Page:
What are Termites?
Termites are colonial insects just like ants but are much more dangerous and fatal for the infrastructures they reside in. Termites have straight antennae, equal-length wings, a straight waist, and an unsegmented plain body.
No constriction is found between the thorax and abdomen; as a result, they have a cylindrical structure with equal-sized wings.
Worker termites are creamy in color and measure approximately 3 to 4 mm in length. They are most often discovered when mud-probing tubes or infected wood are torn apart.
Meanwhile, swarmers, which are around 4 mm long and dark brown or black in color, are the reproductive kind. Termites eat cellulose-based goods such as wood, paper, and other cellulose-based items.
They prefer to consume wood and furniture, and they are dangerous because of their quickness and flexibility.
Subterranean termites can be seen all year, although swarmers are most common in Texas during the months of March and April. The most prevalent Texas pest species, the eastern subsurface termite, swarms during the day.
Termites are significantly important because of various reasons. When they eat on and frequently destroy timber buildings or precious vegetative materials, they are destructive.
Introduced species seek refuge in protected areas because they are not as well adapted as native species to respond to changes in their new habitats.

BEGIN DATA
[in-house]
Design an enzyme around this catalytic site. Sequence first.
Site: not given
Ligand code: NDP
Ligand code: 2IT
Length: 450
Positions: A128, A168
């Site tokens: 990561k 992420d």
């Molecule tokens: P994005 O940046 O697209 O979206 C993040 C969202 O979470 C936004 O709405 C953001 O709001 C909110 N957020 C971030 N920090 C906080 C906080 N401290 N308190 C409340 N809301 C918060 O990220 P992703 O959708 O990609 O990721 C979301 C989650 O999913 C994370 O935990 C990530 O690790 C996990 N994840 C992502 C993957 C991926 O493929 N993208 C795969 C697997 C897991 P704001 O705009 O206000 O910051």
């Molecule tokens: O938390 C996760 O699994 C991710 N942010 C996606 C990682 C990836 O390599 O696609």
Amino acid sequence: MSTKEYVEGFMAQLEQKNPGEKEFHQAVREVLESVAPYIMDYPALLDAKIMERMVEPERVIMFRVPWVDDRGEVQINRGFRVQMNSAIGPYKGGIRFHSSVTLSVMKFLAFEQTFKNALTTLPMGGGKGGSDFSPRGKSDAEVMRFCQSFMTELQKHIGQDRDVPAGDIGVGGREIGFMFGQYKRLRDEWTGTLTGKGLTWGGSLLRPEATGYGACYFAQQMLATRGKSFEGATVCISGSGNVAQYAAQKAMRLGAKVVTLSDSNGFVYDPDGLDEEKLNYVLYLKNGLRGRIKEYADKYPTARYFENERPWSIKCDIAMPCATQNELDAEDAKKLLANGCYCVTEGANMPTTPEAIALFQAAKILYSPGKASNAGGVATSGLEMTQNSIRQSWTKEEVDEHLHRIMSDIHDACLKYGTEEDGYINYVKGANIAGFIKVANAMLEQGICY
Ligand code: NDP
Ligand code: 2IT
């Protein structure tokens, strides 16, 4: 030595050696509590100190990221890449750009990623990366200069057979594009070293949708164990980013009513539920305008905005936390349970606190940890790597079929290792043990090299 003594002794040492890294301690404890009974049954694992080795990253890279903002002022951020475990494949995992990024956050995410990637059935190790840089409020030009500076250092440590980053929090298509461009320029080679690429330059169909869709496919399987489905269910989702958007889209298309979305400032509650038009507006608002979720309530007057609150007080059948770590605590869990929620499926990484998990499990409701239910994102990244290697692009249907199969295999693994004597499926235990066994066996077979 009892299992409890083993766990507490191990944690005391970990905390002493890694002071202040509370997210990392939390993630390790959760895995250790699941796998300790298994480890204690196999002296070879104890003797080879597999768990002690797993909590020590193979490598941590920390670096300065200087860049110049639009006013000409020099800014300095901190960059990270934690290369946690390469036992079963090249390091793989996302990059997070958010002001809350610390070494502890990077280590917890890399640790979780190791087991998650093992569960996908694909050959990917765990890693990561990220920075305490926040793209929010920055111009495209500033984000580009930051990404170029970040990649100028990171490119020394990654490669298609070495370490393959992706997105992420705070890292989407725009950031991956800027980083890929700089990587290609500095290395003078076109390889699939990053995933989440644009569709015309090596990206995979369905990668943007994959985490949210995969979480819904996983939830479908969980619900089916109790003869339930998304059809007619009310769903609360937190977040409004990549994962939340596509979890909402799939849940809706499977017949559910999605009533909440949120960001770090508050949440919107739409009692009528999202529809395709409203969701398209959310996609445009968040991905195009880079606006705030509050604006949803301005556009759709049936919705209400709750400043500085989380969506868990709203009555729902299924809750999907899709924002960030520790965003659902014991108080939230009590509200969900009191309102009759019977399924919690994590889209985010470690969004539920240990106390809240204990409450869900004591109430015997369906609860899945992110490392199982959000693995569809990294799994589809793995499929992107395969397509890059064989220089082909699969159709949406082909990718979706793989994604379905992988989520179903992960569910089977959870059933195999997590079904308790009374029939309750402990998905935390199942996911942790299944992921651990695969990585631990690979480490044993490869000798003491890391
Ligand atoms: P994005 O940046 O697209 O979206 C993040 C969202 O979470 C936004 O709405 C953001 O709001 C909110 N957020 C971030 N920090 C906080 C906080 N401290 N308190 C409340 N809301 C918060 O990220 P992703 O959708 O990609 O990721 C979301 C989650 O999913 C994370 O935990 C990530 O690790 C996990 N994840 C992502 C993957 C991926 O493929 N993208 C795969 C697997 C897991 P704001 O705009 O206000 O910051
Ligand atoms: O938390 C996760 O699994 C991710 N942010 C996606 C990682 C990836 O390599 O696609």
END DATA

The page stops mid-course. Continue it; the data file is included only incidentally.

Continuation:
Main Differences Between Flying Ants and Termites
- Though both species have four compound wings, winged ants have a bigger front pair than the back pair, whereas termite wings are all the same size.
- Because of their narrow waists, flying ants seem segmented, but termites have broad waists and are a consistent width across their bodies.
- The antennae of flying ants are elbowed, whereas the antennae of termites are virtually straight.
- Flying ants are omnivorous and feed on small worms or dead scrap and leaves, but termites only feed on cellulose-based products like wood and leaves.
- The wings of ants are shorter and more proportional to their bodies, but the wings of termites are twice as long as their bodies.
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Piyush Yadav has spent the past 25 years working as a physicist in the local community. He is a physicist passionate about making science more accessible to our readers. He holds a BSc in Natural Sciences and Post Graduate Diploma in Environmental Science. You can read more about him on his bio page.